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Pharmaceuticals (Basel)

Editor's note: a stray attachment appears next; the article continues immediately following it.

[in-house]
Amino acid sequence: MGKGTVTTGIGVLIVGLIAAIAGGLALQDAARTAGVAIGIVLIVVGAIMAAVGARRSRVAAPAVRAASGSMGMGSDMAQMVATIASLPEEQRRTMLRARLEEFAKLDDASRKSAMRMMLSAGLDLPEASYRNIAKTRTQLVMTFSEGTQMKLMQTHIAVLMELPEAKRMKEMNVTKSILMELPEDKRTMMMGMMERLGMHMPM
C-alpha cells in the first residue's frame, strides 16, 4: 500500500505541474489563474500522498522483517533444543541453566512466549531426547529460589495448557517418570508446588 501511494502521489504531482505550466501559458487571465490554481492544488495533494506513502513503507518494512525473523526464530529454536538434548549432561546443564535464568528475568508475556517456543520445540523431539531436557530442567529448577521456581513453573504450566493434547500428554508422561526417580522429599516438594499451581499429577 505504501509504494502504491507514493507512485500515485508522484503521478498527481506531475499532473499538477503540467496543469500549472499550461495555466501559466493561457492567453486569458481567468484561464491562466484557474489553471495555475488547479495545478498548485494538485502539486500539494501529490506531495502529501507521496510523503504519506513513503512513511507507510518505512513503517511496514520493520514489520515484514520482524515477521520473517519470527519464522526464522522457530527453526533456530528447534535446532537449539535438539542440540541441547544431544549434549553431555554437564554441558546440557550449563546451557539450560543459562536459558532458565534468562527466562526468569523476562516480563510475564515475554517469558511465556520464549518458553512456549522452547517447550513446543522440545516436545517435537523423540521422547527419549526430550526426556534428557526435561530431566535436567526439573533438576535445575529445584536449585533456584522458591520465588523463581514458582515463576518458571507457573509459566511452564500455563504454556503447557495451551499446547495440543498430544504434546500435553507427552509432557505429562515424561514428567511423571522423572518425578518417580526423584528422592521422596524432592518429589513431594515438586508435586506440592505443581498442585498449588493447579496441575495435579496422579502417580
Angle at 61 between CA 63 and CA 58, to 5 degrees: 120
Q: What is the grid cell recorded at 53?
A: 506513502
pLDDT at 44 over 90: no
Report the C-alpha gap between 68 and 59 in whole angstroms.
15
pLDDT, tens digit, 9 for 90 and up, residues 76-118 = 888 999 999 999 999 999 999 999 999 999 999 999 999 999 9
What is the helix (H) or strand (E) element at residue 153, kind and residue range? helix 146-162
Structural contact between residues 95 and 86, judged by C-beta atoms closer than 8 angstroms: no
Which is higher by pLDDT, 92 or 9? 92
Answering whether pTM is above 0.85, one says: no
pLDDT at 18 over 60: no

Cancer-associated fibroblasts (CAFs) execute diverse and complex functions in cancer progression. While reprogramming the crosstalk between CAFs and cancer epithelial cells is a promising avenue to evade the adverse effects of stromal depletion, drugs are limited by their suboptimal pharmacokinetics and off-target effects. Thus, there is a need to elucidate CAF-selective cell surface markers that can improve drug delivery and efficacy. Here, functional proteomic pulldown with mass spectrometry was used to identify taste receptor type 2 member 9 (TAS2R9) as a CAF target. TAS2R9 target characterization included binding assays, immunofluorescence, flow cytometry, and database mining. Liposomes conjugated to a TAS2R9-specific peptide were generated, characterized, and compared to naked liposomes in a murine pancreatic xenograft model. Proof-of-concept drug delivery experiments demonstrate that TAS2R9-targeted liposomes bind with high specificity to TAS2R9 recombinant protein and exhibit stromal colocalization in a pancreatic cancer xenograft model. Furthermore, the delivery of a CXCR2 inhibitor by TAS2R9-targeted liposomes significantly reduced cancer cell proliferation and constrained tumor growth through the inhibition of the CXCL-CXCR2 axis. Taken together, TAS2R9 is a novel cell-surface CAF-selective target that can be leveraged to facilitate small-molecule drug delivery to CAFs, paving the way for new stromal therapies.

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